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Parliament reminded about Vision needs of the Homeless

Equitable access to eye care for those experiencing homelessness to be highlighted in Parliament

EQUITABLE eye care for people experiencing homelessness will be the focus of an event in Parliament next week.

Parliamentarians, policy makers, charities and eye care sector representatives will come together at the event on Tuesday 5 December with a shared ambition to promote eye health equality and drive policy change for vulnerable groups.

MP Marsha de Cordova, who is calling for a national eye health strategy in England, is hosting the reception that has been organised in collaboration with Specsavers as part of its mission to change lives through better sight and hearing.

Dame Mary Perkins, founder of Specsavers and patron of Vision Care for Homeless People, Lord John Bird, founder of Big Issue, will be among the speakers. The event will also showcase the stories of people with lived experience of homelessness. Stephen Pratt, who has experienced homelessness but now runs a Specsavers practice will also be attending the event.

Marsha de Cordova said: ‘Everyone should have equal access to eye care, especially those more at risk of permanent sight loss such as homeless people who are at a great risk due to barriers in accessing NHS funded eye tests.

‘It is fantastic to see the collaboration between businesses and charities like Specsavers, VCHP, and Big Issue and others to achieve equality and equity in eye health care for people experiencing homelessness.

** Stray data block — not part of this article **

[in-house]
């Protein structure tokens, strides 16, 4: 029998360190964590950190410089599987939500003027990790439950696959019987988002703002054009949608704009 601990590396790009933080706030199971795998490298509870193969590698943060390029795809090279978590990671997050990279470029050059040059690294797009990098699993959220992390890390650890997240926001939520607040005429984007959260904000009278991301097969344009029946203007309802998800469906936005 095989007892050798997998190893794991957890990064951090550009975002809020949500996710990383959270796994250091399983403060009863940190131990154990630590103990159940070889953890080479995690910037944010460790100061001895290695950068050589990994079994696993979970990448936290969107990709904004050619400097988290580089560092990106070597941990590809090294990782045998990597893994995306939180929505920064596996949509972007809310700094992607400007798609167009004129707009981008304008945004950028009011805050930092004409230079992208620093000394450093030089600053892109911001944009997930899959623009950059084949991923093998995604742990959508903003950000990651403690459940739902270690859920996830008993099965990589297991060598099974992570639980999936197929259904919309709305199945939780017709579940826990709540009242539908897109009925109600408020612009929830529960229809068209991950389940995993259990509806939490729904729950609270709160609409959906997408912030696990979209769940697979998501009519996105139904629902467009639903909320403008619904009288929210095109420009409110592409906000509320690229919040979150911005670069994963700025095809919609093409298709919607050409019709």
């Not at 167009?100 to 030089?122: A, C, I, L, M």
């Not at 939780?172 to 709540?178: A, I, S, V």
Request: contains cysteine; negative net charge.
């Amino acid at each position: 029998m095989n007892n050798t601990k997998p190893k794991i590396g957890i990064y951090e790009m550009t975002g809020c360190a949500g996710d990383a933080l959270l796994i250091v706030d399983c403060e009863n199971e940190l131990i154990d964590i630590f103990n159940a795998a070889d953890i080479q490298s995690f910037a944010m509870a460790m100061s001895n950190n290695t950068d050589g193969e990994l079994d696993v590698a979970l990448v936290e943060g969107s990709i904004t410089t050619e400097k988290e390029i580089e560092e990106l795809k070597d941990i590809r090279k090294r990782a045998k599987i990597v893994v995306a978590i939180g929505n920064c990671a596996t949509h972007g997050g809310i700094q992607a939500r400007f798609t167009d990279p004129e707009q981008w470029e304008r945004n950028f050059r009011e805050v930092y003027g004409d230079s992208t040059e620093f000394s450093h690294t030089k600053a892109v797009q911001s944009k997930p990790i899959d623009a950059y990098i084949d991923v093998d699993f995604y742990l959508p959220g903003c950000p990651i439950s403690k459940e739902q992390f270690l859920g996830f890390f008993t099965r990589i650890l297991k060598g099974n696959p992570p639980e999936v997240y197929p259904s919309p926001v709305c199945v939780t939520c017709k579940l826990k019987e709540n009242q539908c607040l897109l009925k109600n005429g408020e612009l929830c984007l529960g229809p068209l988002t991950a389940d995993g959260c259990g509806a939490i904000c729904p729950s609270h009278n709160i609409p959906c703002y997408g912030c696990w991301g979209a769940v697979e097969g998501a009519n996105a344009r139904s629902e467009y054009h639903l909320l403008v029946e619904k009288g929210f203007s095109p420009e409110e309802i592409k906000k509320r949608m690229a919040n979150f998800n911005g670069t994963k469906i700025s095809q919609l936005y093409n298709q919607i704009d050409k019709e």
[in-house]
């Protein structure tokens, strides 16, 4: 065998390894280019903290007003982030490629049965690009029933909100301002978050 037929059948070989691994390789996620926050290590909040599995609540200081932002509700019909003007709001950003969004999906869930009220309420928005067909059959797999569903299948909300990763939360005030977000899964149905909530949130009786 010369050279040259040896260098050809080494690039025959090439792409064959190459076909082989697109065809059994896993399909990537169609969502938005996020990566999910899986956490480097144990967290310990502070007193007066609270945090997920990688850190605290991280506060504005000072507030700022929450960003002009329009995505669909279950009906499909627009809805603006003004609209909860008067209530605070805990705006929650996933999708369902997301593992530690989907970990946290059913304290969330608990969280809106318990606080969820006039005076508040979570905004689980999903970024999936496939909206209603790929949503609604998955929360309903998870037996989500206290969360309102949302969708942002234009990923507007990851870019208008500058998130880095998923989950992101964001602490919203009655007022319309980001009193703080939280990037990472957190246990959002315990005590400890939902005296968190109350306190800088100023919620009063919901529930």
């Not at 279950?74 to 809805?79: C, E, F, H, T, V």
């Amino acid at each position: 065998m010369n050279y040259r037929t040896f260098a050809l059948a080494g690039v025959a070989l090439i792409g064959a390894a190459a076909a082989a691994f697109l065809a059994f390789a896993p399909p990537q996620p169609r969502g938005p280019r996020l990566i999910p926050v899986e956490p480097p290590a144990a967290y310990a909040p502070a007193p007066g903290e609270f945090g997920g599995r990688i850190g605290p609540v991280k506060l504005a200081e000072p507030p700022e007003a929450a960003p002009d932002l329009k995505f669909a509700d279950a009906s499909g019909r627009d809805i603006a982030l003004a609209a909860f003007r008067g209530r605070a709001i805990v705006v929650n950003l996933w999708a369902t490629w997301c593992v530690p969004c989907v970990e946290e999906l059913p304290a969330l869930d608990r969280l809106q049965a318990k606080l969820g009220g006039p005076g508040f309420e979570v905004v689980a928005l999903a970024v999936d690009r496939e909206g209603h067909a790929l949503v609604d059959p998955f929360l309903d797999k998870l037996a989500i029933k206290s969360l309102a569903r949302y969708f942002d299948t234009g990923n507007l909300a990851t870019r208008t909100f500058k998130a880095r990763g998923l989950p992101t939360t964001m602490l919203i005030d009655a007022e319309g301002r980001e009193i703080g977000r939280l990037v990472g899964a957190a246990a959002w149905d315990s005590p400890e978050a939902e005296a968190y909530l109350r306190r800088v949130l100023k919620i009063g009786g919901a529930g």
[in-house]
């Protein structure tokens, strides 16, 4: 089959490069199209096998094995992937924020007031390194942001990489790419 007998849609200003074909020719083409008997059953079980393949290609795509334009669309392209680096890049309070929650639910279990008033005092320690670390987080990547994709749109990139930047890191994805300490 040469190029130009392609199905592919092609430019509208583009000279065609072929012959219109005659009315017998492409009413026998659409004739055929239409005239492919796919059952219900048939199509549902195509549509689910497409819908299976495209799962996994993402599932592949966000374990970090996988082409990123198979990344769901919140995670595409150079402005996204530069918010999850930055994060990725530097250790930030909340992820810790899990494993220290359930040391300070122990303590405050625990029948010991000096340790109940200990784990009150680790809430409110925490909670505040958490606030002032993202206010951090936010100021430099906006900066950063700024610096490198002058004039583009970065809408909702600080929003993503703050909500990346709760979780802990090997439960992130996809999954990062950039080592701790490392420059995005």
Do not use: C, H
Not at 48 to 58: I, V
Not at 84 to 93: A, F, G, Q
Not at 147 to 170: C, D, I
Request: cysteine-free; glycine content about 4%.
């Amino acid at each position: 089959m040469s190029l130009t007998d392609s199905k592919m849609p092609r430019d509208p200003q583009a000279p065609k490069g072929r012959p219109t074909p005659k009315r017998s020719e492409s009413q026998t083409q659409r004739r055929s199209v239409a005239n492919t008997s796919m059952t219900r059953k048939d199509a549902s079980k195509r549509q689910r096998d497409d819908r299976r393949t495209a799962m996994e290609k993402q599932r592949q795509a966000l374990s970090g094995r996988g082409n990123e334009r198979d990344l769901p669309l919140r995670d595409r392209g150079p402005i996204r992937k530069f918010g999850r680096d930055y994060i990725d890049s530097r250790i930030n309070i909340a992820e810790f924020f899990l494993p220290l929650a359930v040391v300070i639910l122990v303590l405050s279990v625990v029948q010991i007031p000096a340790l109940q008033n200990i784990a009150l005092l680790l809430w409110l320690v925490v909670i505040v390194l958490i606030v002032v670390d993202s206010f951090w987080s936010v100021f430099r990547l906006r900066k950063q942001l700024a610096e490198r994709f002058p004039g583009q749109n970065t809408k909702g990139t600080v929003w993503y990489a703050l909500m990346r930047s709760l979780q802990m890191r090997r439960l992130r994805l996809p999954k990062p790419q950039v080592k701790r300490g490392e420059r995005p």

That’s why I am pleased to be hosting the reception in Parliament on this important issue.’

Dame Mary Perkins explains that Specsavers has pledged to help people experiencing homelessness as part of its long-term commitment to improving eye care accessibility for all.

‘According to research, one in three people experiencing homelessness have sight issues, yet many face barriers to accessing the eye care they need. These include lack of eligibility for NHS funded sight tests and glasses, difficulty in accessing domiciliary services, and lack of provision for replacement glasses if lost, broken or stolen,’ she adds.

‘Specsavers is calling on the government to remove these barriers and ensure that people experiencing homelessness have the same access to eye care as the general population. This would not only improve their quality of life, but also reduce the burden on the health service, as many eye conditions are linked to other health problems, such as diabetes and hypertension.’

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